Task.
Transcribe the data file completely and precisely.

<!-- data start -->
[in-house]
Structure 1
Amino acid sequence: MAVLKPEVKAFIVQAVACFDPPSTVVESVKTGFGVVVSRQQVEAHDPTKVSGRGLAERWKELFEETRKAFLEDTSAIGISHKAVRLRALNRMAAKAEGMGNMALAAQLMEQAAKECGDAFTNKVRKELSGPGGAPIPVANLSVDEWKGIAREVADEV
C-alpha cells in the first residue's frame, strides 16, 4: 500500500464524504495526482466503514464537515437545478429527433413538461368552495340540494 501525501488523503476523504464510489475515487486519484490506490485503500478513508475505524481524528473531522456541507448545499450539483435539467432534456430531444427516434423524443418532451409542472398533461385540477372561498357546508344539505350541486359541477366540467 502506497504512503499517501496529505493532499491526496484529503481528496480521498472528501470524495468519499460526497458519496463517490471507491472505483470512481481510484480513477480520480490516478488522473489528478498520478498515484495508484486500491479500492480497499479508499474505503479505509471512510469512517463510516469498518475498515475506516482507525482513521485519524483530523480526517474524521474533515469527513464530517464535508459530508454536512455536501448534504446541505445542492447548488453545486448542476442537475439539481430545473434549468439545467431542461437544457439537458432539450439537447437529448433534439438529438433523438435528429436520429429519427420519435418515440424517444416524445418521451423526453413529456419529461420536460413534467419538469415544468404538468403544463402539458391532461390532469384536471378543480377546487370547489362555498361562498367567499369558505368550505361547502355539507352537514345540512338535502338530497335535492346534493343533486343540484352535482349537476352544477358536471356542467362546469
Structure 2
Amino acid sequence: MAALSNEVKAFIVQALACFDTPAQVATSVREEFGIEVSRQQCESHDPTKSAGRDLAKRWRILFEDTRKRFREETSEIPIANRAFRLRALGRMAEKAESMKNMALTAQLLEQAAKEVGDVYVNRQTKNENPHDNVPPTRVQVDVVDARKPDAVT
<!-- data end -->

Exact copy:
[in-house]
Structure 1
Amino acid sequence: MAVLKPEVKAFIVQAVACFDPPSTVVESVKTGFGVVVSRQQVEAHDPTKVSGRGLAERWKELFEETRKAFLEDTSAIGISHKAVRLRALNRMAAKAEGMGNMALAAQLMEQAAKECGDAFTNKVRKELSGPGGAPIPVANLSVDEWKGIAREVADEV
C-alpha cells in the first residue's frame, strides 16, 4: 500500500464524504495526482466503514464537515437545478429527433413538461368552495340540494 501525501488523503476523504464510489475515487486519484490506490485503500478513508475505524481524528473531522456541507448545499450539483435539467432534456430531444427516434423524443418532451409542472398533461385540477372561498357546508344539505350541486359541477366540467 502506497504512503499517501496529505493532499491526496484529503481528496480521498472528501470524495468519499460526497458519496463517490471507491472505483470512481481510484480513477480520480490516478488522473489528478498520478498515484495508484486500491479500492480497499479508499474505503479505509471512510469512517463510516469498518475498515475506516482507525482513521485519524483530523480526517474524521474533515469527513464530517464535508459530508454536512455536501448534504446541505445542492447548488453545486448542476442537475439539481430545473434549468439545467431542461437544457439537458432539450439537447437529448433534439438529438433523438435528429436520429429519427420519435418515440424517444416524445418521451423526453413529456419529461420536460413534467419538469415544468404538468403544463402539458391532461390532469384536471378543480377546487370547489362555498361562498367567499369558505368550505361547502355539507352537514345540512338535502338530497335535492346534493343533486343540484352535482349537476352544477358536471356542467362546469
Structure 2
Amino acid sequence: MAALSNEVKAFIVQALACFDTPAQVATSVREEFGIEVSRQQCESHDPTKSAGRDLAKRWRILFEDTRKRFREETSEIPIANRAFRLRALGRMAEKAESMKNMALTAQLLEQAAKEVGDVYVNRQTKNENPHDNVPPTRVQVDVVDARKPDAVT